Advances in Agriculture, Food Science and Forestry

Commentary - (2023) Volume 11, Issue 1

Different aspects of coffee plantation with resistance to climatic conditions
Sachen Ping*
Department of Horticulture, Sichuan Agricultural University, Chengdu, China
*Correspondence: Sachen Ping, Department of Horticulture, Sichuan Agricultural University, Chengdu, China,

Received: 30-Mar-2023, Manuscript No. AAFSF-23-93558; Editor assigned: 03-Apr-2023, Pre QC No. AAFSF-23-93558 (PQ); Reviewed: 17-Apr-2023, QC No. AAFSF-23-93558; Revised: 30-May-2023, Manuscript No. AAFSF-23-93558 (R); Published: 07-Jun-2023, DOI: 10.51268/2736-1799.23.11.093


Coffee is the most popular beverage consumed by about one third of a world's population. The world coffee trade is based on his two varieties of coffee such as Arabica coffee and Robusta he coffee, which account for 99% of the world's coffee production. The plant is grown in about 80 tropical countries and it is estimated that about 25 million households worldwide are coffee growers, mainly smallholder farmers and families whose livelihoods depend heavily on the plant. Coffee production contributes significantly to Latin America's agricultural Gross Domestic Product (GDP) and export earnings. Coffee is known for its high quality and as a crop, has a direct impact on the country's socioeconomic development and accounting of the country's GDP. Meanwhile, thousands of people are involved in related processes such as harvesting, processing and marketing.

Intensification of extreme events in global warming scenarios will affect the quantity and quality of harvestable crops in current production areas, threatening the sustainability of agricultural production on a global scale. Coffee is no exception. Coffee is considered sensitive to climate, especially temperature. The impact of climate change on coffee production was analysed for major growing regions. General projections point to up to 88% less productive land by 2050, leaving most coffee producing countries without suitable land. Reduced yields, poor bean quality and even increased disease pressure have already been mentioned as major sources of economic losses and attributed to the inherent sensitivity of coffee physiology to changes in CO2. Coffee, which is derived from the shade undergrowth of North African forests, is considered a shade plant, and such temperature sensitivity is to be expected.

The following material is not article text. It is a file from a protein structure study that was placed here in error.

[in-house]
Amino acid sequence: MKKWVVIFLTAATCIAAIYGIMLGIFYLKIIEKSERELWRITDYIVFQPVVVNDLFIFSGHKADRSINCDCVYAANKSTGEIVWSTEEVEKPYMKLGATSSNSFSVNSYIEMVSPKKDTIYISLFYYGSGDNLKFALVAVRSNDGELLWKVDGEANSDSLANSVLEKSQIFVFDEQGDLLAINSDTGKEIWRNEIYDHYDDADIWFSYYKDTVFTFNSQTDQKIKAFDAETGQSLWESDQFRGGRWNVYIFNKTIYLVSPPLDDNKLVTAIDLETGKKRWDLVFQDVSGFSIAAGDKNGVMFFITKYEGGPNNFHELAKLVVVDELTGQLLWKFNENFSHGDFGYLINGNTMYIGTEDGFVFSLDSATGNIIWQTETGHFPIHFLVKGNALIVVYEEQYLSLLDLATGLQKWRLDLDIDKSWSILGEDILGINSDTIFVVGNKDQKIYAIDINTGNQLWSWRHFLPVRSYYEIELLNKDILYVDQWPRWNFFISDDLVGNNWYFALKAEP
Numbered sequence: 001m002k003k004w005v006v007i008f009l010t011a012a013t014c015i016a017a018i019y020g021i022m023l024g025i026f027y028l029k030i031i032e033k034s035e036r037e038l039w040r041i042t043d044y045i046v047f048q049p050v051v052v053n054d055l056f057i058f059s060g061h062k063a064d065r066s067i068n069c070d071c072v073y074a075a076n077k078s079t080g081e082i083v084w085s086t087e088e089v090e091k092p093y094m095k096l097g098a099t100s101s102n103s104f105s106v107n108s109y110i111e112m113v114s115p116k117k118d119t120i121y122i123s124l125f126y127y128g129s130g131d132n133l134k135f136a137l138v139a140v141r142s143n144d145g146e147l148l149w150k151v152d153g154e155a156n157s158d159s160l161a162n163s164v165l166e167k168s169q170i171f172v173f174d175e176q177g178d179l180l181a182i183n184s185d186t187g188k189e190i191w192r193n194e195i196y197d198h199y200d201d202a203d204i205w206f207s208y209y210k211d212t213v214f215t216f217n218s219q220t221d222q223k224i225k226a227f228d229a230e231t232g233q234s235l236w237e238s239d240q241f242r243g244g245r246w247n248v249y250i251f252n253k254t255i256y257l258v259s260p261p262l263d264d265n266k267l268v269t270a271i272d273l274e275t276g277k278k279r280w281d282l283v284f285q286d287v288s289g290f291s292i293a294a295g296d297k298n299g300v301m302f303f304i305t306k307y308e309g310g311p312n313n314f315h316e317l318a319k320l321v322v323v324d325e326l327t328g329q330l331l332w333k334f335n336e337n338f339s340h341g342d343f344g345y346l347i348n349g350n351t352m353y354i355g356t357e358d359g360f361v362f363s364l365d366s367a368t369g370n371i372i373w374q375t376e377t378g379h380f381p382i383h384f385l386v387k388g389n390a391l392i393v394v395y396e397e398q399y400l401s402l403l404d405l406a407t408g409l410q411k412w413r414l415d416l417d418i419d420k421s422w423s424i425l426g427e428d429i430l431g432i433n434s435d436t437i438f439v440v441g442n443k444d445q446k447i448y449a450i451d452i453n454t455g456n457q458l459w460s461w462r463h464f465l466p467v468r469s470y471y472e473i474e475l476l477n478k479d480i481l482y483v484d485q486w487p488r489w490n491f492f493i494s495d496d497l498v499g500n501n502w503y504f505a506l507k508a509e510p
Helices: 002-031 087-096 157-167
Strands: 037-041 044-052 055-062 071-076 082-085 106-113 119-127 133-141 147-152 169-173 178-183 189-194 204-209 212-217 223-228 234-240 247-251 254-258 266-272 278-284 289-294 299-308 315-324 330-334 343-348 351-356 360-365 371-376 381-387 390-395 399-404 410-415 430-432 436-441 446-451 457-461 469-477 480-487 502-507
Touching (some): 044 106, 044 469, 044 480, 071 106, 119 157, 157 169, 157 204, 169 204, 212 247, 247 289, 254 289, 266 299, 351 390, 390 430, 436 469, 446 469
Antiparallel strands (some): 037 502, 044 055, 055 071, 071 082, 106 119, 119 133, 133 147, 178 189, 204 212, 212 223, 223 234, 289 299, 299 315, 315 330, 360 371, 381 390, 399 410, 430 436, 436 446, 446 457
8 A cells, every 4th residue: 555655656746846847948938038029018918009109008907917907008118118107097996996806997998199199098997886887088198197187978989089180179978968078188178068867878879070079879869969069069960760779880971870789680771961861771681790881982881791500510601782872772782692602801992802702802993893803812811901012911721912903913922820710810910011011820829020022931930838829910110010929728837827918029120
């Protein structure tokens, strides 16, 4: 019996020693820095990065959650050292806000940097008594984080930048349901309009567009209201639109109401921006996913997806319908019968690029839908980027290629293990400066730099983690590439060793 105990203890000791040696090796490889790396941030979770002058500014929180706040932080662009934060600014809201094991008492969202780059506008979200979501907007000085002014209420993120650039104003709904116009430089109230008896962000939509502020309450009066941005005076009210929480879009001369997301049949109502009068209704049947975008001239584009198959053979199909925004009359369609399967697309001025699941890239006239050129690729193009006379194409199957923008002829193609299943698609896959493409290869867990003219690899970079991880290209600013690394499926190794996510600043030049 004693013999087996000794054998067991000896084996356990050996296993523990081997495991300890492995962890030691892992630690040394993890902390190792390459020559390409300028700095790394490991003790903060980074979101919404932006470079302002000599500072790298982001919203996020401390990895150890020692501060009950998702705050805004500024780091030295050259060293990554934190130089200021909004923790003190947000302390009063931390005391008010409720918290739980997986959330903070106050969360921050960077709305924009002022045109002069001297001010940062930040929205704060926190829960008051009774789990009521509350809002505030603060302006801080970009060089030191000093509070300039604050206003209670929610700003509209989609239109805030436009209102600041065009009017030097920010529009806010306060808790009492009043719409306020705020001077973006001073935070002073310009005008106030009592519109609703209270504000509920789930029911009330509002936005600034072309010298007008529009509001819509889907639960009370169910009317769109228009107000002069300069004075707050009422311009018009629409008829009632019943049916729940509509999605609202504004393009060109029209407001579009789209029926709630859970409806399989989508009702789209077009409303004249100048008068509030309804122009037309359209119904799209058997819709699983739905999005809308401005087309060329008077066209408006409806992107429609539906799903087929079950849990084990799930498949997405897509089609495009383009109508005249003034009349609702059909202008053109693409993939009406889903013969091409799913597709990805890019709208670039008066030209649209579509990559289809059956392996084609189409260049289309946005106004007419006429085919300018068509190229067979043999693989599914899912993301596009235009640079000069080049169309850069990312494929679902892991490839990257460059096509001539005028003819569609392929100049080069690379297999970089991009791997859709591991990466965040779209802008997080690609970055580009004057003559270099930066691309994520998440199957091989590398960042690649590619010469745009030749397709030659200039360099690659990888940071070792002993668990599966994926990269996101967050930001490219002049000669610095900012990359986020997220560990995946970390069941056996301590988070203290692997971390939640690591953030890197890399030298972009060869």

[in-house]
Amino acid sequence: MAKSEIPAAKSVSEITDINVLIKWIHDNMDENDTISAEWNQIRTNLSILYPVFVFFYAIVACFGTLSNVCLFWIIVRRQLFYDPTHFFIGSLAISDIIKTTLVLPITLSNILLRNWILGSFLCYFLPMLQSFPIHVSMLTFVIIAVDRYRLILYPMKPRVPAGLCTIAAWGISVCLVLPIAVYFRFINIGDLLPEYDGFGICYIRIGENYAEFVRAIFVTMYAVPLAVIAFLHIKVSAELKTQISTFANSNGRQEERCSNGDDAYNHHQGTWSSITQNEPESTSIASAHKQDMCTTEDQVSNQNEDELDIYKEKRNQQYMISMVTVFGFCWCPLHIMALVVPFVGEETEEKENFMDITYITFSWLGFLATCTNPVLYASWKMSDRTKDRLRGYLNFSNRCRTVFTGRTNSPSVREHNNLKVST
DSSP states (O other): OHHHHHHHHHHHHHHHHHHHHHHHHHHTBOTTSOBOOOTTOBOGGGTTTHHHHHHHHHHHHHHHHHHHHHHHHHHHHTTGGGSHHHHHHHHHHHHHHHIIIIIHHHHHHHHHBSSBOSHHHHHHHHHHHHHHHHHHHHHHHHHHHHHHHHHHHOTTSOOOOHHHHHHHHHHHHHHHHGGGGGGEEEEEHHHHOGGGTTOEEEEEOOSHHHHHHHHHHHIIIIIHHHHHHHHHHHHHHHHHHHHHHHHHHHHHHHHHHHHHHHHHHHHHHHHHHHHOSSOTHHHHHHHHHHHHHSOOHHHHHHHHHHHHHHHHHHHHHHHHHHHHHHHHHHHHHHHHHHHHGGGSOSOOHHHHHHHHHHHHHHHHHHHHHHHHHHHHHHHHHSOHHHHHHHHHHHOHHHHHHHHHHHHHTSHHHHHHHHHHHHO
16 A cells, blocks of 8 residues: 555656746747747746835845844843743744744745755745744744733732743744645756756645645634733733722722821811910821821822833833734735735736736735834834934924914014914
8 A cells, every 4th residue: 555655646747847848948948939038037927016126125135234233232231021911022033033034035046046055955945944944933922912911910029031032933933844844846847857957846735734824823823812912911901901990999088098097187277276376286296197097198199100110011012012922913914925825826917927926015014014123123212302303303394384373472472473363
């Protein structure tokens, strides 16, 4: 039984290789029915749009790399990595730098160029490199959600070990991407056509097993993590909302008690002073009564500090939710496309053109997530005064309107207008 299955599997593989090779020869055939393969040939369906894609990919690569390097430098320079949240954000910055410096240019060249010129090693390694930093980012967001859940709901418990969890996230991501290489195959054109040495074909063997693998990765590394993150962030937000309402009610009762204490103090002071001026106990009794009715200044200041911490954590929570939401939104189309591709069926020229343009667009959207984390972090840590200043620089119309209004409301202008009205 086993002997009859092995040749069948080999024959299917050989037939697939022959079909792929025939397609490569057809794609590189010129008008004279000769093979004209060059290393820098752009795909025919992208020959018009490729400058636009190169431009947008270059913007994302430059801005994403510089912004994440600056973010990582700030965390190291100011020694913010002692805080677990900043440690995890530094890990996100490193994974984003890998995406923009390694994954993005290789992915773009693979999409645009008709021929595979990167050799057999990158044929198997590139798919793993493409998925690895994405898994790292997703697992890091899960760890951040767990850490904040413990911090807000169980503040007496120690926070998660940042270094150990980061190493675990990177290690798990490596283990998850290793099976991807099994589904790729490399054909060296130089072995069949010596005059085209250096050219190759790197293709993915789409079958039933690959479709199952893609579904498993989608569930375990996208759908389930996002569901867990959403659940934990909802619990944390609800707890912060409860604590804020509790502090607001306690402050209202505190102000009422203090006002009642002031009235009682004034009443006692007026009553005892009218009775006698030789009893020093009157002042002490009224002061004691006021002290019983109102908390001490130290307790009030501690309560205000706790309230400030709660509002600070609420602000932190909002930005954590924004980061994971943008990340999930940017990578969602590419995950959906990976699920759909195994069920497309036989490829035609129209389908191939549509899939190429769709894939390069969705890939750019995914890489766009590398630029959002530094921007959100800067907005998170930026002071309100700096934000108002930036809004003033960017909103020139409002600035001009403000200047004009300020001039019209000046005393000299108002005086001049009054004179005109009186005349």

Common strategies adopted by growers to adapt coffee crops to changing climatic conditions include introducing new cultivars, changing field layouts, and using canopy top vegetation for shade. The use of new genotypes is challenging as they must be productive without neglecting quality parameters and exhibit stability in all environments. On the other hand, traditional shading is probably better because shading mitigates microclimate and temperature fluctuations. Shading improves WUE because it modulates stomatal conductivity, protects the soil from direct sunlight, and lowers soil temperature and moisture evaporation. Although this may affect fruit yield, shade maintained at around 30% is considered beneficial, adding value to production given the additional ecosystem services involved.

To understand the effects of climate change and variability on coffee production systems, need to face the limitations by data scarcity. At this point, meteorological data used to link environmental dynamism and climatic changes to crop productivity and it is crucial to upscale the analysis include the physiological responses to environmental changes. To fill these gaps a multi-scale approach was necessary for soil plant atmosphere continuum which can be used as a framework to understand the impacts caused by climate at the crop scale, and thus to enhance crop capacity to deliver an integral model of climate smart agriculture to producers. The current information was mainly focused on a sun grown coffee field, the same setup will also implement in a shade grown coffee field in the future so that the impact of shade between plants and the atmosphere can be addressed.


The plant canopy modifies and adjusts its own microclimate. Radiation, temperature, humidity, wind speed and mass transport near the canopy surface change rapidly over short times and distances. Mass and energy transfer at the aquaculture scale is dominated by advection as convective transport is less effective and canopy effects can extend more than 10 m into the atmosphere in the form of turbulence. The thickness of this crown boundary layer varies daily depending on the physiological activity of the crown. This can be measured as heat flux, evapotranspiration and CO2 assimilation. These changes in turn regulate crop surface flux through feedback mechanisms whose geographic influences depend on vegetation coverage and environmental considerations. The importance of mechanistic understanding of these dynamic processes also extends to hydrological and climatological models. These models require accurate methods that can determine the energy and matter balance of vegetation and plant surfaces. To achieve this goal, evapotranspiration studies must link observations at the physiological and meteorological levels through a series of hierarchical models.

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